AstraZeneca Seeks Alzheimer’s Answer
Ask anyone who’s lost anyone they have loved to Alzheimer’s disease.
They will tell you unequivocally the illness that unforgivingly erases the minds of its sufferers, leaves behind unforgettable, heartbreaking memories with loved ones.
With Alzheimer’s disease, the sixth leading cause of death in the U.S., there is no cure, no prevention – and no doubt the 18 million sufferers worldwide, will double by 2025, according to the World Health Organization.
In the U.S., 5.4 million people battle the disease. It has a rapidly rising mortality rate among an aging Baby Boomer generation. Approximately 5.2 million patients are age 65 or older and by 2050, as many as 16 million will be diagnosed, according to the Alzheimer’s Association.
As if the numbers are staggering enough, an estimated 800,000 sufferers, or one in seven, live alone.
Soaring prevalence rates, coupled with an unmet patient need for effective and innovative treatments, has prompted AstraZeneca to bolster its neuroscience portfolio, taking a two-fold opportunity to potentially save lives and offset substantial revenue losses from drug patent expirations.
“Diseases of the central nervous system have one of the heaviest socioeconomic burdens on our society and with an ever-aging population this burden has the potential to become catastrophic,” said AstraZeneca’s Andrea Winchell, senior communications manager. “Unfortunately, diseases of the central nervous system are also amongst the most complex for the industry to model, they are poorly understood and difficult to treat.”
Strategic partnerships and acquisitions have become a necessary trend in the world of big pharmas and in the case of neuroscience, AstraZeneca has held true to its business plan.
Not too different from the approach the firm has taken with diabetes – a $465 billion market it is aggressively pursuing in partnership with Bristol-Myers Squibb – AstraZeneca is buying experimental treatments for Alzheimer’s and Parkinson’s from Link Medicine Corp. of Massachusetts.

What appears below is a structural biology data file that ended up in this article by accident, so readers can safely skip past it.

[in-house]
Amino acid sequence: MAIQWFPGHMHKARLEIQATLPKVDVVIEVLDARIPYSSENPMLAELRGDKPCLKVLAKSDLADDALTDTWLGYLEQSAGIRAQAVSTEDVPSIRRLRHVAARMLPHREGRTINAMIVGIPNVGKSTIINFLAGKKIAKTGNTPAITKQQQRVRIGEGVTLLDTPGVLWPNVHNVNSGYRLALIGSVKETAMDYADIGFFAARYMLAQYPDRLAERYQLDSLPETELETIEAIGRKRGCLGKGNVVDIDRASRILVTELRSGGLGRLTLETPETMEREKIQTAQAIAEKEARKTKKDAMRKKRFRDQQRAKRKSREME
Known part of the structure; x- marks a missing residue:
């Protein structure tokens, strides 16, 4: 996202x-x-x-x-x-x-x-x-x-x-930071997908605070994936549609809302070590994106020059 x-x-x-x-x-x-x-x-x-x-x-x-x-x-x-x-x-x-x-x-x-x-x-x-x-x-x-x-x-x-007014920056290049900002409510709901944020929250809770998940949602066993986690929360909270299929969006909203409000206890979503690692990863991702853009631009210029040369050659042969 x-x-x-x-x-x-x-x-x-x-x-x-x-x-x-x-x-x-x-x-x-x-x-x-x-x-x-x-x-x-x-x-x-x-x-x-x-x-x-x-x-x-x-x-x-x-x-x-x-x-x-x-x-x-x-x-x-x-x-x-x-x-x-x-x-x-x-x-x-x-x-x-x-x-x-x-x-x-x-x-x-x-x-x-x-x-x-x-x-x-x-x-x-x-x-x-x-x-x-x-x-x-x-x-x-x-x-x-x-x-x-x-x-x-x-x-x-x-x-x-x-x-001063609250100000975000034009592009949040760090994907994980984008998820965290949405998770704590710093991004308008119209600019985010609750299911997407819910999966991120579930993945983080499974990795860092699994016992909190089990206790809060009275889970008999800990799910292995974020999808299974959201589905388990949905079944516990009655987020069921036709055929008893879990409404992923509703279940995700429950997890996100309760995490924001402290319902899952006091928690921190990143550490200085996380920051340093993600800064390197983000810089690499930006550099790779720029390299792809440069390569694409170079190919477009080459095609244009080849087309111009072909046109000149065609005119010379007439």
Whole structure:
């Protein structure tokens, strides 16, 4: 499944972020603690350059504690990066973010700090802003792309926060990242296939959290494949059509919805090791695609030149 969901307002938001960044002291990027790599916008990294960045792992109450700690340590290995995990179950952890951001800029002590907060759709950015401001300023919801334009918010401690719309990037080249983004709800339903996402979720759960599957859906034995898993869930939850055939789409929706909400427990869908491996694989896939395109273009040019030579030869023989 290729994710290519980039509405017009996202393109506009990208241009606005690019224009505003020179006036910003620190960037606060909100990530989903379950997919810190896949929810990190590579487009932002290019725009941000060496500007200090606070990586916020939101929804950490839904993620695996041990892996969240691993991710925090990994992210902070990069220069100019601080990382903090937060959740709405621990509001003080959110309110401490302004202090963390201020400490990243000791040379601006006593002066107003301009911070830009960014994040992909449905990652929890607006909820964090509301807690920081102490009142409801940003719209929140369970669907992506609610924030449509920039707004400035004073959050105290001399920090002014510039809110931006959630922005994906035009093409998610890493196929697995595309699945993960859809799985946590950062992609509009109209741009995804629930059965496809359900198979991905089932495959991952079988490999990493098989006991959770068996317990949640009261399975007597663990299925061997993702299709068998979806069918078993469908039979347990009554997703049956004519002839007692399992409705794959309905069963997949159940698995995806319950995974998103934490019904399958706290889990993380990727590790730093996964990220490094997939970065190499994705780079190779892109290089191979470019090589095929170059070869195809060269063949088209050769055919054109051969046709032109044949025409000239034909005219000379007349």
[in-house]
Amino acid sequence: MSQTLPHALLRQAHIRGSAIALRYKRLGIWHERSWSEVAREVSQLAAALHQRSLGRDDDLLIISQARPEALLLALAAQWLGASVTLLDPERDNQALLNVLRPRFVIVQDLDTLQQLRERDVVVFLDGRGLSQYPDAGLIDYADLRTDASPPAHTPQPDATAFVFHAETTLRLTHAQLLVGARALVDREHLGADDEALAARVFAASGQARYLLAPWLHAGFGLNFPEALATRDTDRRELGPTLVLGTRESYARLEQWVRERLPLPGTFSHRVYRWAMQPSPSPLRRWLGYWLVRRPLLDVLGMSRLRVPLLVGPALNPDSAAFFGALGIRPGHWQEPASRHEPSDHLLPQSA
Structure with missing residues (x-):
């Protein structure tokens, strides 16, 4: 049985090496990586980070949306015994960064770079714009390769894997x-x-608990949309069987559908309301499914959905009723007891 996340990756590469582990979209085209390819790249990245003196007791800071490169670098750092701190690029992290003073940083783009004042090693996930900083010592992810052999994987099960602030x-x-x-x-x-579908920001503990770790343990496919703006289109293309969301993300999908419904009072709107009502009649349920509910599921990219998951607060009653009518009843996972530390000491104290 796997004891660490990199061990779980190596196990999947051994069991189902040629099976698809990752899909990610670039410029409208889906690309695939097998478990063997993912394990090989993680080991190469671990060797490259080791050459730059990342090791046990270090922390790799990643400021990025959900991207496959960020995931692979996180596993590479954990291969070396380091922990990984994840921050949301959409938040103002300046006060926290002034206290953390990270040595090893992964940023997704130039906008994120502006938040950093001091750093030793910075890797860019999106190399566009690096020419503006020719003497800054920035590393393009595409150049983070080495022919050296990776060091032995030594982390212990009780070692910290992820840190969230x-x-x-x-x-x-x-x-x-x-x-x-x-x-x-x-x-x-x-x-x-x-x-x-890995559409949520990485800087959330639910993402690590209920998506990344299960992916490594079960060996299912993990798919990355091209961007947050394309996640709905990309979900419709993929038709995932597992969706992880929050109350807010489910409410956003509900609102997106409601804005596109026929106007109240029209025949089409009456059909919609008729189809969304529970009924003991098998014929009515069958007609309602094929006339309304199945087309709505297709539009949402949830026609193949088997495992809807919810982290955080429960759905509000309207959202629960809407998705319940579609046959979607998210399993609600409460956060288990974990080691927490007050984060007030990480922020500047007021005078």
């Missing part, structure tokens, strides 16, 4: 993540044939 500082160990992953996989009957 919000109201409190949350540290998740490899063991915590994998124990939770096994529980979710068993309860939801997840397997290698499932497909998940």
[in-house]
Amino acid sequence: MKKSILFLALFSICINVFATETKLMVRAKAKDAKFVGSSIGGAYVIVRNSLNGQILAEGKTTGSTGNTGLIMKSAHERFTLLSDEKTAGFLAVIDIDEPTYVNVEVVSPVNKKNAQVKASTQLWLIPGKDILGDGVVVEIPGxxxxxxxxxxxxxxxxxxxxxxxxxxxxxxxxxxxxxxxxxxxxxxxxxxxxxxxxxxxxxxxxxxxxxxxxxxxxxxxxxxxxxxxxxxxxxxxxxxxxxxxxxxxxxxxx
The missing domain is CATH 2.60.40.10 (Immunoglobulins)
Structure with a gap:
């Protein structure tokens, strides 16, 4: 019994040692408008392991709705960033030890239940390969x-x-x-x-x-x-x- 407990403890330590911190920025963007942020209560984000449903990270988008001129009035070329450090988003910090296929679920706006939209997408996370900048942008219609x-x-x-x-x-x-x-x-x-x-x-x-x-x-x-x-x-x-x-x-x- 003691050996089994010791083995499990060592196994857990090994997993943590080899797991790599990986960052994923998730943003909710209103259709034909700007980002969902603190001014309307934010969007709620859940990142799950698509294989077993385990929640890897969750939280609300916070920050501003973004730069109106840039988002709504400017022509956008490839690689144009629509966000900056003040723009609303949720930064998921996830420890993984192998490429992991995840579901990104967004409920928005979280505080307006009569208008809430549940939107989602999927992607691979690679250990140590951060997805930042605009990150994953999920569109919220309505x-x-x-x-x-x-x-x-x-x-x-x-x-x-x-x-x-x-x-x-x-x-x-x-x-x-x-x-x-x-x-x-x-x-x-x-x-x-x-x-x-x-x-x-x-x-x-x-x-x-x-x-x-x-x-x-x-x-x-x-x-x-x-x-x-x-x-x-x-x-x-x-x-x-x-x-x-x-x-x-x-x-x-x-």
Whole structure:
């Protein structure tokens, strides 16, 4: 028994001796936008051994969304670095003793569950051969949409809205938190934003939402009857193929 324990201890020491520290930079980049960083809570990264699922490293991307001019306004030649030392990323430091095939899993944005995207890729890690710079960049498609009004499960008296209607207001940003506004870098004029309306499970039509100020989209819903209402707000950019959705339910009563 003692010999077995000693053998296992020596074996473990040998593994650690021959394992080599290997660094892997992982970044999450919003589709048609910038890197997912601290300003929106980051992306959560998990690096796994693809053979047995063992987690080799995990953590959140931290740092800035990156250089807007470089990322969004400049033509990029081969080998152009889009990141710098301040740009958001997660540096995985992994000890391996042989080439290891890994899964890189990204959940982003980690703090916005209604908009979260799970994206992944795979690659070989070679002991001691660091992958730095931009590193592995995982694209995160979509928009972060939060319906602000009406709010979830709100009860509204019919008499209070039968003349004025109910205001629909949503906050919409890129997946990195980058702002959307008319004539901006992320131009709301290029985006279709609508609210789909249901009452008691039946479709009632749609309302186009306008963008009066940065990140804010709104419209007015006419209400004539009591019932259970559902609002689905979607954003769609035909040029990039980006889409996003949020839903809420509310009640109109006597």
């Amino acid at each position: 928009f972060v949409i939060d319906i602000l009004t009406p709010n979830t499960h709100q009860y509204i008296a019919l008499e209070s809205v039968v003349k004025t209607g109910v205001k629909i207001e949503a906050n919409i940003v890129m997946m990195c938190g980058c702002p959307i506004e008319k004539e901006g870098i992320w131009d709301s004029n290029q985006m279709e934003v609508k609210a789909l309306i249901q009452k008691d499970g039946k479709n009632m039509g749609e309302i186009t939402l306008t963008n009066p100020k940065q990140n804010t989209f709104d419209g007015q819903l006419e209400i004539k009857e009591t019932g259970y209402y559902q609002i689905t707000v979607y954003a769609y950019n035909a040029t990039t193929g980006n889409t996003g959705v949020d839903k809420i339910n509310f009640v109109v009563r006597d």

The firm has several ongoing studies for Alzheimer’s disease, pain and depression, Winchell said.
“We need new ideas and new ways of working across both public and private sectors if we are to have a significant impact on these devastating diseases in a time-scale that will make a difference,” Winchell said. “Aspects of our internal assets and existing partnerships, coupled with an opportunity to tap cutting-edge science that is happening outside of our walls, fuels our commitment to neuroscience at a time when many of our peers have exited.”
Paired with stringent cost reduction, the moves extend the firm’s efforts to sustain the company’s health and reinvigorate through agreements with small drug firms and acquisitions what analysts have said is a weak product development pipeline.
In March, the drugmaker lost patent protection for its $5.8 billion schizophrenia drug Seroquel IR, accounting for 80 percent of a 29 percent drop in U.S. revenue for second quarter.
The pharmaceutical giant, with its offices for the Americas in Fairfax, is now upping the ante on its offerings for Alzheimer’s and it’s not hard to understand why.
In 2012, the association estimates costs to reach $200 billion, including $140 billion in Medicare and Medicaid costs.
“Unless something is done, the costs of Alzheimer’s in 2050 are estimated to total $1.1 trillion (in today’s dollars),” the association detailed on its website, noting costs to Medicare and Medicaid will increase nearly 500 percent.
AstraZeneca has its eye fixed on discovering ways to diagnose the disease before it progresses into dementia and developing drugs that could reverse or stop the progression – a script neurologists would love to write and a ride to the pharmacy no one would mind taking.
“Early detection of people at the highest risk for Alzheimer’s and those who have the earlier forms of the disease will help us identify the right people for risk reduction and prevention trials, and move the field further in the direction of early detection and treatment,” William Thies, chief medical and science officer for the association said in a press statement on the Alzheimer’s Association International Conference in late July. “It is now generally accepted that Alzheimer’s begins years, perhaps even decades before symptoms are noticeable.”
The greatest need perhaps for sufferers is a drug that stops progression right in its tracks.
“If any drug company comes up with any kind of treatment, that would be a boon to society and to the company that develops it,” said Dr. Lanny Edelsohn, a neurologist, from Christiana Care Neurology Specialists. “We’ve made major progress with Parkinson’s disease but our progress with Alzheimer’s has been much slower.”
Fellow Christiana Care Health System Dr. David Simpson, director of geriatrics, described Alzheimer’s as a devastating psychological and financial burden for patients and their families.
Simpson pointed to drugs that slow the progression and in some cases are effective, and in others, are not.
“What’s missing obviously is that there is not a cure and treatments don’t work on everyone,” Simpson said. “Anybody working toward a cure … we would be greatly appreciative.”
AstraZeneca seeks Alzheimer’s answer | The News Journal | delawareonline.com
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